You're right.  They took away the hat in the early 90s, and there was a significant drop in personnel attending the event.  The result of this was that the few that did attend were slammed with the taskings required of CAP during the event.  National made the decision to again offer the beret as a form of motivation.  The result of this action was that we again had large numbers of CAP personnel in attendance, and CAP has continued to provide outstanding volunteer service to EAA for the last couple decades since.  It seems silly to me that the hat had that great of an effect on attendance, but it did. 

Each year, we send a couple hundred people to Oshkosh to provide the EAA with support.  I've attended 4 times; twice as a Cadet, and twice as a Senior Member.  Each time, EAA makes it abundantly clear to us that we are a key component of their volunteer work force.  Each year, CAP interacts with hundreds of thousands of people through Airventure.  This happens as a result of hard work from local CAP personnel conducting SAR support during the event, recruiting booths, as well as people from all over the country wearing fuzzy, blue hats marshalling planes and looking for overdue aircraft.

My experience with Cadets attending NBB has been overwhelmingly positive.  I understand that some participants out there give the rest of us a bad name.  As a Squadron Commander, I feel that it's incumbent upon me to mentor and guide our Cadets into being outstanding leaders, citizens, and people.  Part of that may involve uncomfortable conversations regarding the importance (or lack thereof) of certain pieces of headgear.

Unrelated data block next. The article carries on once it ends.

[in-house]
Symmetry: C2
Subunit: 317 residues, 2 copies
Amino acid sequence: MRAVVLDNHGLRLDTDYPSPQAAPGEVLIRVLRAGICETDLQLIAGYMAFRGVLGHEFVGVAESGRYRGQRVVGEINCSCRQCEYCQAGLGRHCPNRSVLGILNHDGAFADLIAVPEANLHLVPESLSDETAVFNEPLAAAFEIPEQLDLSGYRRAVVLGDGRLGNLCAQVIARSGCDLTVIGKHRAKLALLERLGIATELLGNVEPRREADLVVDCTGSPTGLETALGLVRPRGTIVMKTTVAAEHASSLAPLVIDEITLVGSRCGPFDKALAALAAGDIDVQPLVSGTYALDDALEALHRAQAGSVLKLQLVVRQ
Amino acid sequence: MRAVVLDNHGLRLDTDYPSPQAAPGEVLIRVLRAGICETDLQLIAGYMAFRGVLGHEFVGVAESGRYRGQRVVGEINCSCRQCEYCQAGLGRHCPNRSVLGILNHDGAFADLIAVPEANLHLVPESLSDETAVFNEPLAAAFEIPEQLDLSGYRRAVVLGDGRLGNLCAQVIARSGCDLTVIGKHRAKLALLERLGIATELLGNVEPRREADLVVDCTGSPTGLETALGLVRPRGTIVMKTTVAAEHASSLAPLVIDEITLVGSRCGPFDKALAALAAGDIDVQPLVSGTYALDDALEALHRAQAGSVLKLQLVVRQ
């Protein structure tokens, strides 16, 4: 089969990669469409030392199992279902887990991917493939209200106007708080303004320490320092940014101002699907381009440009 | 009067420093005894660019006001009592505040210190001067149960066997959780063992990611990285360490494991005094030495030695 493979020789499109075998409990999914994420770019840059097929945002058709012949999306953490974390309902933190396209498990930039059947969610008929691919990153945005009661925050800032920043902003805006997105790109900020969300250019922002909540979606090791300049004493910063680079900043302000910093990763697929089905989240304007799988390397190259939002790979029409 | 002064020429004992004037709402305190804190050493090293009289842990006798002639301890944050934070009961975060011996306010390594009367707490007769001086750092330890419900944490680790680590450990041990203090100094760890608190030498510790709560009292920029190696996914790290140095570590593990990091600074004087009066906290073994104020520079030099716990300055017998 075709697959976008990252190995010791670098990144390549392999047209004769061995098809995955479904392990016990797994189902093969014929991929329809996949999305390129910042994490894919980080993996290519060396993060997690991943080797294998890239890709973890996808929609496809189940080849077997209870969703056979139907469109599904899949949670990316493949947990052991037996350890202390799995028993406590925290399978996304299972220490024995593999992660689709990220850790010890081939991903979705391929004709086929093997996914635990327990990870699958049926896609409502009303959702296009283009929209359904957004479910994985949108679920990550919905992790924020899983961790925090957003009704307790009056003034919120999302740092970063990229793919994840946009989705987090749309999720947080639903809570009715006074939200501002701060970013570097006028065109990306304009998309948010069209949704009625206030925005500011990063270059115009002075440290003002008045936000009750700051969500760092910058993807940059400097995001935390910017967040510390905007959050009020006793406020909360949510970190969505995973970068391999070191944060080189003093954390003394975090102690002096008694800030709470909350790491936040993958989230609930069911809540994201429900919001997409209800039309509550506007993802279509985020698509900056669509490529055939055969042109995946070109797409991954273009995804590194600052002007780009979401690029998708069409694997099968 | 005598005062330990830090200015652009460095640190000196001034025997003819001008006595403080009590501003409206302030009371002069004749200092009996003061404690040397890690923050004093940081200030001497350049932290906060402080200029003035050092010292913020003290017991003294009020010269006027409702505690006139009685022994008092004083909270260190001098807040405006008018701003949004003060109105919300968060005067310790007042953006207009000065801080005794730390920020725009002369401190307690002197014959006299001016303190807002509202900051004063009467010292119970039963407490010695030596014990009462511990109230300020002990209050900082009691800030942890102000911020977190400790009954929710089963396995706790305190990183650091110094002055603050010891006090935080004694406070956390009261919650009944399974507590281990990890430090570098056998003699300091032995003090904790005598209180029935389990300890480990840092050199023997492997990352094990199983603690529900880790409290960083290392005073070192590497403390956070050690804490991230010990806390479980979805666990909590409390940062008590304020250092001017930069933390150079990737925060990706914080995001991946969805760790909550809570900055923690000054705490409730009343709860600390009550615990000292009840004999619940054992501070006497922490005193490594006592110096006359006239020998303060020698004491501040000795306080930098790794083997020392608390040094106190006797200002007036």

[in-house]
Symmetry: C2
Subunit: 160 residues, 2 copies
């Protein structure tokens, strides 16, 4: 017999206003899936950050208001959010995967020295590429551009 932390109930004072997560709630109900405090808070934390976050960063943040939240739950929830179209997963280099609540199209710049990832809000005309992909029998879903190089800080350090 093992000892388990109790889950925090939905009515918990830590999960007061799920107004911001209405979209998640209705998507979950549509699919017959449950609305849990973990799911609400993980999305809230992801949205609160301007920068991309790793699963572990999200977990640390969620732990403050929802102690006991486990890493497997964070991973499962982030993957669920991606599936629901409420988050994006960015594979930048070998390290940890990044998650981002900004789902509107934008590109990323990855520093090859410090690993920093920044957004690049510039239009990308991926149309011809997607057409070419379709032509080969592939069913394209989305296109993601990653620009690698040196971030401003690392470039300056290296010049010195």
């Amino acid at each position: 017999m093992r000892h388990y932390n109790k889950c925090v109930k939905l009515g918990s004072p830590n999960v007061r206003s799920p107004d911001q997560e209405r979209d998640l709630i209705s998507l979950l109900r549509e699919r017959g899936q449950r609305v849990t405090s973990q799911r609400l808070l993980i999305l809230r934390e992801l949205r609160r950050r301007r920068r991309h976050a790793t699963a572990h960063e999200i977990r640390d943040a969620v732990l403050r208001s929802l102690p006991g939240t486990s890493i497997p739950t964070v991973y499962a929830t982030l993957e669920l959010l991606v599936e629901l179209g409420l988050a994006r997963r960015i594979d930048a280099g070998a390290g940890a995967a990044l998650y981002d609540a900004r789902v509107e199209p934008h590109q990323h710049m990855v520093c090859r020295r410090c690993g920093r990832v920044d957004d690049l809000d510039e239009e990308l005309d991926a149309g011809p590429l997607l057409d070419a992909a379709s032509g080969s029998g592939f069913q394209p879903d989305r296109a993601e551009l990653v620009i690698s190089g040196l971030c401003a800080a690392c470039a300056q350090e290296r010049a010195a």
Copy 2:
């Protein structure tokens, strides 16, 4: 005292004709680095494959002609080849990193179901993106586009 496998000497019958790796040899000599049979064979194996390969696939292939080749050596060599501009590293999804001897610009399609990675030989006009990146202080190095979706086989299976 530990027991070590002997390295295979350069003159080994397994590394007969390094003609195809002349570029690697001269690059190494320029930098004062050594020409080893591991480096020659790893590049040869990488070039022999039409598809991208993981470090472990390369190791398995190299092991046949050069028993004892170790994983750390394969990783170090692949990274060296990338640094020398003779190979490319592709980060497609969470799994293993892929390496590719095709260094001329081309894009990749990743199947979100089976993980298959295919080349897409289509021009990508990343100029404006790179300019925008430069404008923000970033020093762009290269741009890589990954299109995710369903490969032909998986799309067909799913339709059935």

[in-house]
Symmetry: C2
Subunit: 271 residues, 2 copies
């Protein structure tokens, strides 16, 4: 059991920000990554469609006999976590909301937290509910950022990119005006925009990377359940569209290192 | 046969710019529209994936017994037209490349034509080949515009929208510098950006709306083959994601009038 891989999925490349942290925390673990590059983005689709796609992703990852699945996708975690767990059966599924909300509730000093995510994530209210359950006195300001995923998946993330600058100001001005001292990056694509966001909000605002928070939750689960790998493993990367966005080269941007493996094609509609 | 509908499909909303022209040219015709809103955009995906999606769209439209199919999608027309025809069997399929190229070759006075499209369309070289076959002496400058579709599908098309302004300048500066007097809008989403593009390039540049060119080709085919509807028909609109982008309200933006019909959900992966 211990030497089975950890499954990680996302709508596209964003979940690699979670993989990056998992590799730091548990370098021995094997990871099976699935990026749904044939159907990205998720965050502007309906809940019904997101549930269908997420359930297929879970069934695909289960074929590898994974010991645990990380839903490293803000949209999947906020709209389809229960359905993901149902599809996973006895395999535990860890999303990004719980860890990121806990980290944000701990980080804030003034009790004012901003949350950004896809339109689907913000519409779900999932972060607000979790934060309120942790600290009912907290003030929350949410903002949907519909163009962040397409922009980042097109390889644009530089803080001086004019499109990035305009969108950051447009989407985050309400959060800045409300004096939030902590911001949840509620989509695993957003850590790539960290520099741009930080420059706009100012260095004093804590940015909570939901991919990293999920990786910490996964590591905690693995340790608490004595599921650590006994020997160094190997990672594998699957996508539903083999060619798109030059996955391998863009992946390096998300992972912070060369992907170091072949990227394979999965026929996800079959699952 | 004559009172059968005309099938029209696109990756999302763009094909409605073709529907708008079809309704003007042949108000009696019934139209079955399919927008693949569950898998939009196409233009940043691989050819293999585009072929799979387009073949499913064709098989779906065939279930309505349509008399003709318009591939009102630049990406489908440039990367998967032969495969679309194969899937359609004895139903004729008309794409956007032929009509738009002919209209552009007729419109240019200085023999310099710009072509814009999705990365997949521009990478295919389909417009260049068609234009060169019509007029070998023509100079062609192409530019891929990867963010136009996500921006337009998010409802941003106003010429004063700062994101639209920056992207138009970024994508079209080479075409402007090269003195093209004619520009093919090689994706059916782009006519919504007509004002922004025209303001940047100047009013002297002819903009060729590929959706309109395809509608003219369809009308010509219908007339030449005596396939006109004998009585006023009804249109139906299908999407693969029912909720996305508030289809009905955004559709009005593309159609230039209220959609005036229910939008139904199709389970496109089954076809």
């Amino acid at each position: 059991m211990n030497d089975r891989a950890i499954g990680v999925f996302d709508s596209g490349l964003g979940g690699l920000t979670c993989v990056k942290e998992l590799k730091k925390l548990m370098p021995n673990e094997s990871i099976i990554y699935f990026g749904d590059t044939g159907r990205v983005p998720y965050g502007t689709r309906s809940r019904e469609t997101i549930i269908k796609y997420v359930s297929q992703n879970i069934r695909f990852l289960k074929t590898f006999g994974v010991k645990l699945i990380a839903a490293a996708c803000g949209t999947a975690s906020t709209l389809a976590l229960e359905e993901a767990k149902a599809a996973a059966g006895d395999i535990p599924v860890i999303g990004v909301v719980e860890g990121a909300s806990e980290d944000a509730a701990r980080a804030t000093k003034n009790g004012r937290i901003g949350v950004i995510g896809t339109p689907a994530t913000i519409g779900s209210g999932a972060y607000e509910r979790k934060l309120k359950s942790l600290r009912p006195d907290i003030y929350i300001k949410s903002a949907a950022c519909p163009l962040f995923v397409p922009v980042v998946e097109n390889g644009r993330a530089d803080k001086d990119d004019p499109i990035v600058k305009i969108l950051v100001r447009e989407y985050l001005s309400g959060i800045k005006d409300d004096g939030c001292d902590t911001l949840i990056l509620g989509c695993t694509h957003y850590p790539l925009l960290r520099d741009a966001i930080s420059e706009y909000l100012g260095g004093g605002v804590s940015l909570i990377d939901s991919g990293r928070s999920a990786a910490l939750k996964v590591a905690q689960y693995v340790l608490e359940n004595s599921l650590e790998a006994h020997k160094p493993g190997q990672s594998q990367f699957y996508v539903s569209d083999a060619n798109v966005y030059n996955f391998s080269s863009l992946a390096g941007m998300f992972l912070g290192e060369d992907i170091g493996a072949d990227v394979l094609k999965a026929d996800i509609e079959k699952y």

The cost-benefit relationship seems pretty clear to me on this.  CAP provides help to a great organization in a multinational event that draws in hundreds of thousands of visitors, CAP members get a really cool experience (and a fuzzy hat), and some of those members end up using those skills when they return to their Squadrons (I've used MRO and UDF numerous times at the local level, both of which I achieved during NBB). 

The trade-off is that sometimes we have to talk with Cadets about how they should act right.  Funnily enough, I feel like that's part of what we're supposed to be doing anyway.  Yes, I'm certain I read that somewhere once. 
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lordmonar
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« Reply #28 on: June 11, 2018, 01:17:57 PM »

When I was in USAF tech school many moons ago there was a drill team made up of students and they wore red berets.  The group was often called "berets" as well.

Personally I don't get the whole Blue Beret thing.  It just sounds like a great scheme to get people to pay to come and work your air show for free.
It pretty much is that. National experimented with removing the beret and the activity almost closed due to lack of interest. Tells me the prime motivation is the funny hat, not the training, as the only purported change was no beret at or after activity. Despite what the NBB folks will tell you.
Really guys?   You guys just not figuring that out?

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PATRICK M. HARRIS, SMSgt, CAP
Pacific Region
Eclipse
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« Reply #29 on: June 11, 2018, 01:44:04 PM »

Each time, EAA makes it abundantly clear to us that we are a key component of their volunteer work force. 

Yet despite this rhetoric, CAP is essentially absent from any mention on the main website, or as a "partner", and in the most recent
comprehensive documentary I've seen (which admittedly is somewhat old at this point), not mentioned or seen, anywhere.

I have no doubt that the EAA appreciates the assistance, as it would with any group that showed up willing to